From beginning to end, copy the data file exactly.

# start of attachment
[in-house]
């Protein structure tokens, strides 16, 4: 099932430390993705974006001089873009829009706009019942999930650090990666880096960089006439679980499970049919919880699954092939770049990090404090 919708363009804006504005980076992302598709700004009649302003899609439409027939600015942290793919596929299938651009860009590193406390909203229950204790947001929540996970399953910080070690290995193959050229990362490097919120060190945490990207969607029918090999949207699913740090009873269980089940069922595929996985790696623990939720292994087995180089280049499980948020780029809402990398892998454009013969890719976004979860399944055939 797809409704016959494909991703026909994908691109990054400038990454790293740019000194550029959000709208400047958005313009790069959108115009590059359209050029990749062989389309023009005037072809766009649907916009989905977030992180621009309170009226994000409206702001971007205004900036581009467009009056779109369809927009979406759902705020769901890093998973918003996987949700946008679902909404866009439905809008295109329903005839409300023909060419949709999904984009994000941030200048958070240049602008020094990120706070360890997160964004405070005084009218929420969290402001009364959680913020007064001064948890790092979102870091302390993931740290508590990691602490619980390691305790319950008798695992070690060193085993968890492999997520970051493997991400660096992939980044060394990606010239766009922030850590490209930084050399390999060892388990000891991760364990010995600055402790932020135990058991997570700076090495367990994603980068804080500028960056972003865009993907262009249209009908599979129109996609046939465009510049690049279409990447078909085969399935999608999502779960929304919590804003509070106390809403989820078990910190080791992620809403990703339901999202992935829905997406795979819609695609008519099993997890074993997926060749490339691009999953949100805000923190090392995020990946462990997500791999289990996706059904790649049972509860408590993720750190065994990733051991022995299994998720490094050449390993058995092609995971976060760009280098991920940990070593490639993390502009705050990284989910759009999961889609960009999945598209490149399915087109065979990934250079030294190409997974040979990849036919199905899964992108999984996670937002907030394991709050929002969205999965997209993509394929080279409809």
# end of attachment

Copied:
[in-house]
């Protein structure tokens, strides 16, 4: 099932430390993705974006001089873009829009706009019942999930650090990666880096960089006439679980499970049919919880699954092939770049990090404090 919708363009804006504005980076992302598709700004009649302003899609439409027939600015942290793919596929299938651009860009590193406390909203229950204790947001929540996970399953910080070690290995193959050229990362490097919120060190945490990207969607029918090999949207699913740090009873269980089940069922595929996985790696623990939720292994087995180089280049499980948020780029809402990398892998454009013969890719976004979860399944055939 797809409704016959494909991703026909994908691109990054400038990454790293740019000194550029959000709208400047958005313009790069959108115009590059359209050029990749062989389309023009005037072809766009649907916009989905977030992180621009309170009226994000409206702001971007205004900036581009467009009056779109369809927009979406759902705020769901890093998973918003996987949700946008679902909404866009439905809008295109329903005839409300023909060419949709999904984009994000941030200048958070240049602008020094990120706070360890997160964004405070005084009218929420969290402001009364959680913020007064001064948890790092979102870091302390993931740290508590990691602490619980390691305790319950008798695992070690060193085993968890492999997520970051493997991400660096992939980044060394990606010239766009922030850590490209930084050399390999060892388990000891991760364990010995600055402790932020135990058991997570700076090495367990994603980068804080500028960056972003865009993907262009249209009908599979129109996609046939465009510049690049279409990447078909085969399935999608999502779960929304919590804003509070106390809403989820078990910190080791992620809403990703339901999202992935829905997406795979819609695609008519099993997890074993997926060749490339691009999953949100805000923190090392995020990946462990997500791999289990996706059904790649049972509860408590993720750190065994990733051991022995299994998720490094050449390993058995092609995971976060760009280098991920940990070593490639993390502009705050990284989910759009999961889609960009999945598209490149399915087109065979990934250079030294190409997974040979990849036919199905899964992108999984996670937002907030394991709050929002969205999965997209993509394929080279409809």